As the director of a not-for-profit organization, I’m looking at retirement plan options for our employees. The fiscal year ends June 30th and I’d love to implement something to benefit our employees beginning with the new year.
How do I know if a 401(k) or 403(b) plan is the right plan for us?
Congratulations! Adding a retirement plan for your employees is an awesome benefit. The hard part can be making the decisions around the best plan design for your organization and the provisions that will be the easiest to maintain. To help you weigh the decision, 401(k) versus 403(b), let’s take a look at two major considerations, eligibility and annual testing, and how these different plan types come into play.
One of the first things to contemplate when setting up your retirement plan is what the plan’s eligibility will be. Would you like your employees to be able to begin contributing as soon as they’re hired? Or would you prefer that they wait until they’ve worked for you for a certain amount of time, say a few months or even a year? The answer to this question will help you navigate the decision tree as the rules for 403(b) plans and 401(k) plans are very different.
403(b) plans are subject to something called universal availability. This means the ability to make deferrals must be universally available to all employees immediately. So, as of day one, a plan sponsor must allow an employee in a 403(b) plan to begin making deferrals. There are a few very specific exceptions to the universal availability rule but, generally speaking, in a 403(b) plan everyone is eligible to contribute as soon as they are hired. This rule may make administration easier (no need to determine who and when someone is eligible) but it can also mean the plan participant count can grow quite quickly.
If you choose to sponsor a 401(k) plan, you can implement a more restrictive eligibility schedule. 401(k) plan sponsors can set requirements of up to one year of service (requiring at least 1,000 hours of service during the period) and attainment of age 21. If your organization experiences quick turnover of employees, you may find that having the ability to set service requirements keeps the plan “cleaner” with fewer terminated participant balances remaining in the plan over time.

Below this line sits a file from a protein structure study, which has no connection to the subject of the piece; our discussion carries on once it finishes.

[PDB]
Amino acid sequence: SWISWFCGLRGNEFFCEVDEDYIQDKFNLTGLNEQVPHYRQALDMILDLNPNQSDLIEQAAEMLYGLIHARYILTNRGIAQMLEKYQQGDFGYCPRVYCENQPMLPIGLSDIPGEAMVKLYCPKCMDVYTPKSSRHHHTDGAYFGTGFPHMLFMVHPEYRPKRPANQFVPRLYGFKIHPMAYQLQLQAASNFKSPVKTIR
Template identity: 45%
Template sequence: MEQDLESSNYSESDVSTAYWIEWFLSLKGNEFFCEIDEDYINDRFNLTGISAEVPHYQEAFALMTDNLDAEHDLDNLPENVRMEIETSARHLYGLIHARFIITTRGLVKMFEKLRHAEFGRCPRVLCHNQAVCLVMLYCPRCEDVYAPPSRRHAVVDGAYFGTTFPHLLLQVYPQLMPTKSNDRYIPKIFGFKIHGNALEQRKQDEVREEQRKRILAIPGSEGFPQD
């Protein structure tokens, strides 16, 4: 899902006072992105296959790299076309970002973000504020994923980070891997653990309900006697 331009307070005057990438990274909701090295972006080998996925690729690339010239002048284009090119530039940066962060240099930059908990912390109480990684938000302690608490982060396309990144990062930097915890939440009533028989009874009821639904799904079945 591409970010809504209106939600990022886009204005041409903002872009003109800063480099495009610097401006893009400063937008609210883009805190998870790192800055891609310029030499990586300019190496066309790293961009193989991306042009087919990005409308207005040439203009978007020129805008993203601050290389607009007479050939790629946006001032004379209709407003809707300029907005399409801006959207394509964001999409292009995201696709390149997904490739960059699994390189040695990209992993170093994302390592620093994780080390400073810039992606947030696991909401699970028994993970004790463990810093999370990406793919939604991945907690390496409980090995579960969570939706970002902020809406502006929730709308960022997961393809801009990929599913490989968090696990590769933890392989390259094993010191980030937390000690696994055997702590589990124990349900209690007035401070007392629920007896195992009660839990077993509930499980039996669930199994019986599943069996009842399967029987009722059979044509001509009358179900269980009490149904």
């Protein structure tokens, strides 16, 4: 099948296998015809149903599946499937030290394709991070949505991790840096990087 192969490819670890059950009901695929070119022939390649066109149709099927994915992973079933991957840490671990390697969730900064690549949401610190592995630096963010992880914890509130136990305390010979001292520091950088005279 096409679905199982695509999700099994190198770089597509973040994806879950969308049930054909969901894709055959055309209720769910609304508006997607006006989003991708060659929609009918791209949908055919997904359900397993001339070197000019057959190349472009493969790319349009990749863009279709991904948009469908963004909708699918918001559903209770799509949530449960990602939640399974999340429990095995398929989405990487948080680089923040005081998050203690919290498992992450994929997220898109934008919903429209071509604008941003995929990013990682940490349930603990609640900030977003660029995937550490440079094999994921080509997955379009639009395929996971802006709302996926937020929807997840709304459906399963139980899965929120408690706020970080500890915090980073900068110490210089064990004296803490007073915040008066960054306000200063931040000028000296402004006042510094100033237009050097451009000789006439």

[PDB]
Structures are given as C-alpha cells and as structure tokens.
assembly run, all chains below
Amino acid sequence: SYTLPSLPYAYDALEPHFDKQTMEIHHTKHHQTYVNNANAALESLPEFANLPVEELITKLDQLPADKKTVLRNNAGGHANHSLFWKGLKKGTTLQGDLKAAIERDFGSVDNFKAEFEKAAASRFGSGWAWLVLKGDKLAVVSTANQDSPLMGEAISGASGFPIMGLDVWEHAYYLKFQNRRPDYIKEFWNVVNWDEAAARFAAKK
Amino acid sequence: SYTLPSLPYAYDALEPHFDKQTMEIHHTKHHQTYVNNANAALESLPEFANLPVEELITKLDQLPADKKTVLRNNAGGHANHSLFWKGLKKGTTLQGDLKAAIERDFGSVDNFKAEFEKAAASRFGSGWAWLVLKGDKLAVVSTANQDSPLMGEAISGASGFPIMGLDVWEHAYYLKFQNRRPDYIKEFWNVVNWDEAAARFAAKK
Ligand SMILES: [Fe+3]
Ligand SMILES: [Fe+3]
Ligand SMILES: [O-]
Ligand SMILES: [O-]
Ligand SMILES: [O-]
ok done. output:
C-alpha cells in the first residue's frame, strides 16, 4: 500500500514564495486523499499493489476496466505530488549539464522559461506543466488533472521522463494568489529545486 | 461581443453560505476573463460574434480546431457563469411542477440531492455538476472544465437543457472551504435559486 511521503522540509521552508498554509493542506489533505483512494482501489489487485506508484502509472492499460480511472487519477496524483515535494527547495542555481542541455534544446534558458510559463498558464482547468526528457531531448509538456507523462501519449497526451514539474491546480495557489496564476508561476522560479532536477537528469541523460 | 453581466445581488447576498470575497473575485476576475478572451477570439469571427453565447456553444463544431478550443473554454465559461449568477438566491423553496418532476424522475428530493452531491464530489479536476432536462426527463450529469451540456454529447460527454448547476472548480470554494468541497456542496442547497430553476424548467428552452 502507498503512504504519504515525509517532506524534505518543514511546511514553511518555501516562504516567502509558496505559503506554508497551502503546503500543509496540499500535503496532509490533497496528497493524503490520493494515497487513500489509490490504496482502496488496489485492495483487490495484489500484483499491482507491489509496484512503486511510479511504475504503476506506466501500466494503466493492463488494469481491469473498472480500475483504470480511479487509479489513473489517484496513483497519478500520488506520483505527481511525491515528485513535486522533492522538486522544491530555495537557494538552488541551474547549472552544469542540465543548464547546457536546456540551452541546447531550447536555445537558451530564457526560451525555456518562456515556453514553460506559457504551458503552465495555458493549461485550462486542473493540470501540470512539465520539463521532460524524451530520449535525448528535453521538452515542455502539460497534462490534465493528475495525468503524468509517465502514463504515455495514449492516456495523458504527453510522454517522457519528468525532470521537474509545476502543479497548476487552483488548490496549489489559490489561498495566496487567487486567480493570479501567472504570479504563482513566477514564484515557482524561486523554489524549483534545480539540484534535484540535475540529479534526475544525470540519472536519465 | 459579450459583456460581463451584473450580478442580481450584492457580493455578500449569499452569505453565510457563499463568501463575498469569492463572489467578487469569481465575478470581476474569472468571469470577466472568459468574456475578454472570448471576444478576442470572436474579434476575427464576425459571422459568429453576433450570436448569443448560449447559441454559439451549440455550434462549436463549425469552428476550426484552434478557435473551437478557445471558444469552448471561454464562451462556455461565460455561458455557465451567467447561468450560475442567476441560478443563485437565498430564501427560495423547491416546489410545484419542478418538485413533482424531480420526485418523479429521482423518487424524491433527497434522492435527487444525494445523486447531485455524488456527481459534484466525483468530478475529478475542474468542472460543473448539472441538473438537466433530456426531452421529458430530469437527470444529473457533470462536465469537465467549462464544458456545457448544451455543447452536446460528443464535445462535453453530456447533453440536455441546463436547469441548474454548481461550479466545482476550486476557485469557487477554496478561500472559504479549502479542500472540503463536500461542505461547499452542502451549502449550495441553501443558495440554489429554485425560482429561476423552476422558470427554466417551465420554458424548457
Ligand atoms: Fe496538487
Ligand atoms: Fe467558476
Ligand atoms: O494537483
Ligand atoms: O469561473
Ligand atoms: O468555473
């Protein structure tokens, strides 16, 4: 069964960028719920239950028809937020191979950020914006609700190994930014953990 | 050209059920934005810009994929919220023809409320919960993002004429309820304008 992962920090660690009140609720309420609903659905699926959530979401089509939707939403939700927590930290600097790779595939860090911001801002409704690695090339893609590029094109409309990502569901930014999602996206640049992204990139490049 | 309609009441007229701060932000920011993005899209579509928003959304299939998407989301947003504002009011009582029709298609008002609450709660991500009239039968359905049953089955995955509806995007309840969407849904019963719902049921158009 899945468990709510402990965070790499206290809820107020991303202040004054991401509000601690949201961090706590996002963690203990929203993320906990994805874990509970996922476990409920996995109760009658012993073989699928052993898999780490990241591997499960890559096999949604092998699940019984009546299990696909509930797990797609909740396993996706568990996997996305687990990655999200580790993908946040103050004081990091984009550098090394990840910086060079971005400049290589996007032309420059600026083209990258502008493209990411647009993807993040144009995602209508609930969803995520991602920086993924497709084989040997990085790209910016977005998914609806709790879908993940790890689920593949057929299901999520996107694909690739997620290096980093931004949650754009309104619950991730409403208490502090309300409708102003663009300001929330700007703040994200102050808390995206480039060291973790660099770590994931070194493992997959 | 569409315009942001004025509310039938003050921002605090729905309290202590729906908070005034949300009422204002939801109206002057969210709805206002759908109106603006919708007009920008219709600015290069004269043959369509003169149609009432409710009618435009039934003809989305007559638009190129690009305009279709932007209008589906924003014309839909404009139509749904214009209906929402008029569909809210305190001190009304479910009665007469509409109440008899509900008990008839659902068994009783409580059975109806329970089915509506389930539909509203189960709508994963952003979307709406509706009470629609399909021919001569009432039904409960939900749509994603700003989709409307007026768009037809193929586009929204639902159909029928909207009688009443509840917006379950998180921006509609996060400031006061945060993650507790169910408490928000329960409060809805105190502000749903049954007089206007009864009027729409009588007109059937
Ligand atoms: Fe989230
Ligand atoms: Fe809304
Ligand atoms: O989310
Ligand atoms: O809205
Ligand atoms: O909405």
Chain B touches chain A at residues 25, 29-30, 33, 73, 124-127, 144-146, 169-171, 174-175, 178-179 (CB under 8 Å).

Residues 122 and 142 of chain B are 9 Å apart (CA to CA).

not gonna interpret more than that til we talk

Both 403(b) and 401(k) plans can implement eligibility requirements for employer contributions, including matching and nonelective contributions. Meaning, if your organization decides to provide a contribution on behalf of plan participants, you can establish service requirements like what’s available for 401(k) plan deferral provisions. This optional feature for both plan types allows your organization to focus these discretionary employer contributions on your longer-tenured staff.
The next thing to consider is the type of participants you’ll have in the plan and whether it is subject to the ADP nondiscrimination test, which can limit the contributions any highly compensated employees can make based on the average contribution rate of the non-HCEs. If the average deferral rate of the HCEs exceeds the limit set by the deferral rates of the NHCEs, the HCEs may be required to take corrective refunds from the plan.
Typically, a 401(k) plan is subject to this test, whereas a 403(b) plan is not. While there are ways for 401(k) plans to avoid this annual testing, a 403(b) plan may offer the better opportunity for maximizing deferrals if your organization has HCEs looking to contribute. Wondering about what makes a participant an HCE, we have that info for you here.
While it wasn’t always the case, despite the factors above, 403(b) and 401(k) plans offer many similar participant experiences. Annual contribution limits, withdrawal restrictions and access, as well as the ability to self-direct investments are generally the same across both plan designs. In addition, the plan sponsor requirements like maintaining a plan document and filing a Form 5500, are the same for ERISA-covered 403(b) plans and 401(k) plans. Fiduciary responsibilities apply to sponsors of either plan type.
Granted, not all employers have the option to implement a 403(b) plan. They are only available to 501(c)(3) non-profit organizations as well as certain governmental entities. If you’re unsure whether a 403(b) plan may be available to you or you’d like to drill down to the nitty-gritty on 403(b) plans, we’ve got you covered here. Even if a 403(b) plan isn’t an option for your business or organization, there are still numerous other plan types and provisions to consider. If you’re curious about those, we’ve put together a quick reference comparison chart that will help you review the different plan types that might be right for you. And, we know, reading this alone isn’t going to get you to the perfect plan; our DWC team is eager to review your business’s retirement plan needs and help you design a plan that fits like a glove.
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